They were being murdered by the light. I watched and said nothing.
When we began our lunch, the sun was just burnishing the windowsill. It was a hot day and Linda had left the window open so that air could circulate. But because the sun moves, by the time we finished eating, a great deluge of sunlight was pouring into the room. Light crashed onto the dining table, where it reduced our luncheon things — the knives and forks and glasses and plates smeared with the remains of our meal — to a single intense glare. I shut my eyes, squinching them so tight that neon shapes pulsed against my lids.
Meanwhile, Linda and Kevin talked about their birthdays. Over the years they have marked those days by doing something special: a La Jolla bed and breakfast with fat, downy pillows and warm croissants and freshly squeezed orange juice in the morning; a room at the Catamaran hotel; dinner at the Afghani restaurant Khyber Pass, where they ate lamb with vegetable curries over saffron rice. For Kevin’s last birthday, the pair taxied to Loews Coronado Bay Resort, a swank hotel–restaurant–recreation center with a marina. After dinner in the elegant restaurant, they strolled the grounds before settling into a deluxe guest room for the night.
“We had a beautiful time.” Linda sighed. “Didn’t we?”
That was when I opened my eyes.
She was sitting a little forward in her seat, mindless of the sunlight or the luncheon’s bright wreckage. Both her hands were on the table. White light sliced across her fingers and cut off her nose. Next to her, Kevin had a bright blade buried in his forehead.
Linda Flores and Kevin Kelly were born prematurely almost 50 years ago, at a time when it was common medical procedure to bundle preemies into incubators where oxygen was piped in to keep them alive. It was discovered, eventually, that an excess of oxygen damages the infant’s retinas and optic nerves, but the fruits of this medical research came too late for an army of middle-aged men and women who make their ways through U.S. streets today, tapping along with red-tipped white canes or led by solemn guide dogs. That afternoon, Linda, 49, and Kevin, 47, had not a clue that across from me they looked like they were being bludgeoned by the light. Indeed, if I’d eaten my lunch with a spoon or picked my teeth with my fork, they would not have known. They have never seen me or anyone else.
Linda, who was married to a Mexican (hence the Spanish surname), has straight dark brown hair that falls to her shoulders and takes a golden-wheat sheen in the sun. Her dusty-rose-colored Guatemalan blouse had a crocheted collar. She told me she tried applying makeup one time and made such a mess of herself that she never tried again. That afternoon her pale skin was buttery-soft. Kevin has a bald pate surrounded by a wreath of soft gray hair; he clips his beard close and stays in shape with an exercise schedule so that he looks like a hip and healthy Santa Claus. The middle child (and only boy) in a family with four girls, he spent 13 years under the strict regime of a residential school for the blind. He is always neat and well put together. His shoes are kept polished.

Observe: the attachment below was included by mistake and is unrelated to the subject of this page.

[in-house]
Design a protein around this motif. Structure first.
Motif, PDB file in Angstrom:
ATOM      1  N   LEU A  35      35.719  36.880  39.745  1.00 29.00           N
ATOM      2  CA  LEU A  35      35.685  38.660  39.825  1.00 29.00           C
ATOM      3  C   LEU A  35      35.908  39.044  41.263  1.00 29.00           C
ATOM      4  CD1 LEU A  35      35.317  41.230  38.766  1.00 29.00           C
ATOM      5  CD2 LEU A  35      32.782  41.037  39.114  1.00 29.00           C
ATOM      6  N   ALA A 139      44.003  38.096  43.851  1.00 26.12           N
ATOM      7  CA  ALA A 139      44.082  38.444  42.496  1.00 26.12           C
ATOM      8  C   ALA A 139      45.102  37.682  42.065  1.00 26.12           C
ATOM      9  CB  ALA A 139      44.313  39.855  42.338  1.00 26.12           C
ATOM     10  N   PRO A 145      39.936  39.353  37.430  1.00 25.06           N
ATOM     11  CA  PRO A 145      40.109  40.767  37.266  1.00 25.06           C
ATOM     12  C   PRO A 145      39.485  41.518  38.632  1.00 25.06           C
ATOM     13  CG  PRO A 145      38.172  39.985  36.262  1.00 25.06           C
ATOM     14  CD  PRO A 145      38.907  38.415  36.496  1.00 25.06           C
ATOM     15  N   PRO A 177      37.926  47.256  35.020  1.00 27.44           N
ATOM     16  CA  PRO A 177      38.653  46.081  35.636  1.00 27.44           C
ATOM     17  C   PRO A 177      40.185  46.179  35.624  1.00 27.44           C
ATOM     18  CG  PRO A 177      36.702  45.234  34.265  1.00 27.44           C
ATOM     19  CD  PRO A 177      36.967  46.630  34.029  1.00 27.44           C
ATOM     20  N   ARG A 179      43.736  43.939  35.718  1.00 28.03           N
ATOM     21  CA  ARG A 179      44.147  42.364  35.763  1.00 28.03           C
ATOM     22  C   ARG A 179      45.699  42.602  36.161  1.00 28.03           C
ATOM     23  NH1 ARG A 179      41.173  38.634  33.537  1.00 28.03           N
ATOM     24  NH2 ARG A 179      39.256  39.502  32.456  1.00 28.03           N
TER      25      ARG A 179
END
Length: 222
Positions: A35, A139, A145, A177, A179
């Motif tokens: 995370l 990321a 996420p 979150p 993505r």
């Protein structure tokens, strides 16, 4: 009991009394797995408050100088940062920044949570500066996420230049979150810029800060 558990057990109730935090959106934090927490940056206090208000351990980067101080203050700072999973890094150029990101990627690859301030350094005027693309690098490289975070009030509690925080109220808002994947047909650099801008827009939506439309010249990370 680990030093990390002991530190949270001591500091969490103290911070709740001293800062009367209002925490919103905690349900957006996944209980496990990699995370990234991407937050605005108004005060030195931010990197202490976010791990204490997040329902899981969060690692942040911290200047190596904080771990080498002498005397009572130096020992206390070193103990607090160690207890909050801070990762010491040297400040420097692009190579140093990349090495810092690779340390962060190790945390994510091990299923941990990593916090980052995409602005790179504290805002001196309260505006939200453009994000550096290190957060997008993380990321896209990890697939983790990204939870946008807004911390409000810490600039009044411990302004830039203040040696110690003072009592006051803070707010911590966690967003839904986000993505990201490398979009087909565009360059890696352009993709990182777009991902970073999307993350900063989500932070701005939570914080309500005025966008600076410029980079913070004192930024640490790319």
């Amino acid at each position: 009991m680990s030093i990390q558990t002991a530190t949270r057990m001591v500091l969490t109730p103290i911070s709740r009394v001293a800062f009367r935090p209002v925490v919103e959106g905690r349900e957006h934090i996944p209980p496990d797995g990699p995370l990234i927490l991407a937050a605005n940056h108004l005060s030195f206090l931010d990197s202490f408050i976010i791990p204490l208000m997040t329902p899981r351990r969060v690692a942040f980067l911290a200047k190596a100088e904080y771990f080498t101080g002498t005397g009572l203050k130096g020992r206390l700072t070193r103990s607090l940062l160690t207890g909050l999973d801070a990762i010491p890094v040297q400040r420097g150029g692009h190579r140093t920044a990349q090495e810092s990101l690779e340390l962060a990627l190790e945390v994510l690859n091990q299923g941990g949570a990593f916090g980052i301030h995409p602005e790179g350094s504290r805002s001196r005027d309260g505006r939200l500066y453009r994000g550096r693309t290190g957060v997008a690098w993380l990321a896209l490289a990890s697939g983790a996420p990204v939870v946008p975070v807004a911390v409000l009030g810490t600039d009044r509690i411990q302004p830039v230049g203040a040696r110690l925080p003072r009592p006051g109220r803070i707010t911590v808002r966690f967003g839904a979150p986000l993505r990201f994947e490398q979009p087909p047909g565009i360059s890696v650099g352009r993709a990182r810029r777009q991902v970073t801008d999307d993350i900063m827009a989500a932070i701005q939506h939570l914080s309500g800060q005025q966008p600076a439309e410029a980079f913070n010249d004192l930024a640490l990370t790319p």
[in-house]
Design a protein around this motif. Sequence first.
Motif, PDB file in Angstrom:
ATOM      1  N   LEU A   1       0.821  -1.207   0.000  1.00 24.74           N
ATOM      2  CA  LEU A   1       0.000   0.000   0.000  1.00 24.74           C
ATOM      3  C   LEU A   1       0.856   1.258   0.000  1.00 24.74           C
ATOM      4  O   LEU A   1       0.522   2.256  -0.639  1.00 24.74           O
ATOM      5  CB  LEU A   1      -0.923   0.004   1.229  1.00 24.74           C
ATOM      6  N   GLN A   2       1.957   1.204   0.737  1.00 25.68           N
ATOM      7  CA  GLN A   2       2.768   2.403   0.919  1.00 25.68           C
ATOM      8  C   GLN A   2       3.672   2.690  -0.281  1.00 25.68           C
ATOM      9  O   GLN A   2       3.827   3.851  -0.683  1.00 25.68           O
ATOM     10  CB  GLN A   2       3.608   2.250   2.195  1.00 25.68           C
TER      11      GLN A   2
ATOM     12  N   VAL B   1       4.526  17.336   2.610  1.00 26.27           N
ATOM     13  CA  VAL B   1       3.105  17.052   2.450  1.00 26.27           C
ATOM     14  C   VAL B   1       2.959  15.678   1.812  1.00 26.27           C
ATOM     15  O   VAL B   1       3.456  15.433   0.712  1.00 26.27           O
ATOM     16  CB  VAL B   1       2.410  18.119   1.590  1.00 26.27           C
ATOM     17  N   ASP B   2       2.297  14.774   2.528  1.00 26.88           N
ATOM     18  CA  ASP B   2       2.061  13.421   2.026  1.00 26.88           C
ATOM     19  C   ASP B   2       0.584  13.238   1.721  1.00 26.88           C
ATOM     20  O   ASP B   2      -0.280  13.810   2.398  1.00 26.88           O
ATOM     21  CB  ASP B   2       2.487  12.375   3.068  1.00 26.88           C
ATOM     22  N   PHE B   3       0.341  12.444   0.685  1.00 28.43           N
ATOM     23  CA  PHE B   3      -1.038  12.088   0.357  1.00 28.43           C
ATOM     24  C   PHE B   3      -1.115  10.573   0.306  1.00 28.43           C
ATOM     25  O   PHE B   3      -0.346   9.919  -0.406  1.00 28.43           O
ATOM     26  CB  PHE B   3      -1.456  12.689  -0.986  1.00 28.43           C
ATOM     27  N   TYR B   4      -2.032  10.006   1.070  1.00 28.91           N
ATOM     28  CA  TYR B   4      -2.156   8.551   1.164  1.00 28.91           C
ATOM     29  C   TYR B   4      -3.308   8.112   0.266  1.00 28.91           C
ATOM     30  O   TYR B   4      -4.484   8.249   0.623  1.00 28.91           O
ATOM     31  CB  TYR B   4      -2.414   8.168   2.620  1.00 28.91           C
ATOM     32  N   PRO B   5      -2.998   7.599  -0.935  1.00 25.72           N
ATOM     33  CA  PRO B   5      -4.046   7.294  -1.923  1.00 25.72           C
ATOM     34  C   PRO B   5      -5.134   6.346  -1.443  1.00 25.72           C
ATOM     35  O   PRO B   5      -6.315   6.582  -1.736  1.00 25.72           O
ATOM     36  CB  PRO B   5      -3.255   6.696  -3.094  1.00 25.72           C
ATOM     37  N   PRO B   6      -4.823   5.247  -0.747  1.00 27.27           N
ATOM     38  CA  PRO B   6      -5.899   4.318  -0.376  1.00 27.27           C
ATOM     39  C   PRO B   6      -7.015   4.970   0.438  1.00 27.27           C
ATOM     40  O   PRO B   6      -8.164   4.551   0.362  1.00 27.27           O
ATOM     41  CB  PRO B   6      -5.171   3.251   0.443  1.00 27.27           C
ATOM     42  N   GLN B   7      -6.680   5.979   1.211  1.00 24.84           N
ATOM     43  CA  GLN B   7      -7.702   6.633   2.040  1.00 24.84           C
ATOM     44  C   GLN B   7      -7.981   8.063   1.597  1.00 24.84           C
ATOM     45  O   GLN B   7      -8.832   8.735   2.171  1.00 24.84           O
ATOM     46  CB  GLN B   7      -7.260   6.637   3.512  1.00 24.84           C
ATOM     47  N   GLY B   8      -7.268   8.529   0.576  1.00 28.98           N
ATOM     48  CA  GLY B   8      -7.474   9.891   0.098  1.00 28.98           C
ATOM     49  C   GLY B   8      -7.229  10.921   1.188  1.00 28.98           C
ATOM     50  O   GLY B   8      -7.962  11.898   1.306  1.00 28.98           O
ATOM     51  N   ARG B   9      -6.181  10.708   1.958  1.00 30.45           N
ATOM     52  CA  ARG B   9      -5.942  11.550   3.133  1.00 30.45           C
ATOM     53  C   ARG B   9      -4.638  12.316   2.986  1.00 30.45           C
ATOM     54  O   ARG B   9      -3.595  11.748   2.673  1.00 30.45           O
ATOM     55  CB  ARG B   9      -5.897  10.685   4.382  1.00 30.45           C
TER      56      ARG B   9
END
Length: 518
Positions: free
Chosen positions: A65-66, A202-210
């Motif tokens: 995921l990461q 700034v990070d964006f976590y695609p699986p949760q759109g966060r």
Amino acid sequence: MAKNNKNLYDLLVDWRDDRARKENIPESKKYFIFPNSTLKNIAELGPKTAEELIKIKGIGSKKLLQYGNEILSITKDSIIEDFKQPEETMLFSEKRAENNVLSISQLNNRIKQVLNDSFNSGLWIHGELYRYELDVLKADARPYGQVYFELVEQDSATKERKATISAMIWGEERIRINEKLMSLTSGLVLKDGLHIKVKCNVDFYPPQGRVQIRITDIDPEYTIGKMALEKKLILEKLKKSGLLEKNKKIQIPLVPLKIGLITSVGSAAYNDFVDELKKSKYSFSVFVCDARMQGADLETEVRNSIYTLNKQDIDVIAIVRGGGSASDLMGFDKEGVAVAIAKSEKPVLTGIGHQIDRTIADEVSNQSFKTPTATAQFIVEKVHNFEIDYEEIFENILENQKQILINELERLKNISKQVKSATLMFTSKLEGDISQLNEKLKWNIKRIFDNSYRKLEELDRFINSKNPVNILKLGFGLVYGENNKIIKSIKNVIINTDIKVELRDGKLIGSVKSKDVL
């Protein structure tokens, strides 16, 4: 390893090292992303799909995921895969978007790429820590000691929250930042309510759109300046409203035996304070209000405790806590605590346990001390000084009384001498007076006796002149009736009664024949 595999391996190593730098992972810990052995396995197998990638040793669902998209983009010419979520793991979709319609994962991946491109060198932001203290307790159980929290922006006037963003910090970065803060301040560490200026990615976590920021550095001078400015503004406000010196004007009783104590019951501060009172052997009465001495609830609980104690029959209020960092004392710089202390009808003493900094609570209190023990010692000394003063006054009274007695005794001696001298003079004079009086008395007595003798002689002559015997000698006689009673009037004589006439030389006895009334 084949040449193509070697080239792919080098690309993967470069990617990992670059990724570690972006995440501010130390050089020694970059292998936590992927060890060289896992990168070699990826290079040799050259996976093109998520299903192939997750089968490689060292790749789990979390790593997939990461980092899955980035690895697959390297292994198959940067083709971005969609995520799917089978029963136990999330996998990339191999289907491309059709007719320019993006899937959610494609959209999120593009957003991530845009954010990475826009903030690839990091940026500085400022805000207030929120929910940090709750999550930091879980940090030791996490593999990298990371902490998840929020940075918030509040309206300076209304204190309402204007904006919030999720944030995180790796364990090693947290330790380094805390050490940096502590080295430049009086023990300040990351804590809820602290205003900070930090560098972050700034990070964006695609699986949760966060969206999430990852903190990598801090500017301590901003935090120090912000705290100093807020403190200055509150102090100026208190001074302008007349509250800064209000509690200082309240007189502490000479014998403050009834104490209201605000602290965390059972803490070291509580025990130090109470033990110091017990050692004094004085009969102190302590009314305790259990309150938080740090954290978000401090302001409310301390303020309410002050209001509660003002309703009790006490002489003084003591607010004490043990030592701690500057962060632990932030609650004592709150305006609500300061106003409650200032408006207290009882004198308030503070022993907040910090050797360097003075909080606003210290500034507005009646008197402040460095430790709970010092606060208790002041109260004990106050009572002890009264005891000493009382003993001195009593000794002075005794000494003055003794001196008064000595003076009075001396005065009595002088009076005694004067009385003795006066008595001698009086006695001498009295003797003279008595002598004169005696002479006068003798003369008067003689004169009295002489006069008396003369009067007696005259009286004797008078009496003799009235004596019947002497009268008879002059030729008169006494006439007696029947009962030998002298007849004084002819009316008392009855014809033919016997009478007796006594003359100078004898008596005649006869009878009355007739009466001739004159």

Both their faces seem slightly naked. Their eyes are a little sunken and their lids fail to fully cover the eyes, like drapes that just miss reaching the floor. I’ve heard of cases in which blind people’s eyelids were sewn down to cover empty sockets, but not here; the bit of Linda’s right iris that I can see appears to be brown, the other blue, maybe. Kevin, with the fair complexion of the Irish, has gray eyes that change color. That afternoon he wore a polo shirt with wide blue bands running across his chest and his eyes shown light blue.
“What does beauty mean to you?”
Linda and Kevin stopped dead in their conversation.
“You just said you had a beautiful time at the resort,” I said, “and I wondered what you meant.”
Linda said that it was a really nice place to be and that they’d had a great time.
“Yes, but you said the word ‘beautiful,’ and it makes me wonder what beauty means to you. What is your experience of beauty?”
Some sunrises and most sunsets, or when I see leaves lifted, shimmering, by a breeze, sometimes when I stand before a painting with its wash of colors — all these can be like whiskey to my senses. The experience of beauty has left me buzzing as if I’d chugged down a Starbucks double mocha or gasping as if I’d been slapped in the face with cold water. Beauty can stun me into silence or leave me rapturous and jabbering. But Linda and Kevin have never seen a cloud or a bird. What is beauty for someone who has never seen anything, and how is it experienced? My question had sliced deep in the middle of their conversation, but that was okay.
The three of us talk easily together; we argue, we debate, we laugh a lot. With me they are easygoing about their blindness. They joke about the insensitivity the sighted sometimes show in their dealings with blind people, and they nail blind folks for their dependencies and plaintive cries of entitlement. (What are the first words, they once asked me, that blind people say when they die and go to heaven? “Help!”) But they are conscious of the social ills that affect the blind and the sighted alike. According to them, if people were to take greater delight in their surroundings, to explore what gives them pleasure, there would be little need for rehabilitation centers. So maybe my question had been rudely put, but I had no reason to believe that they were annoyed by the attempt of a sighted person to inquire into the world of the blind.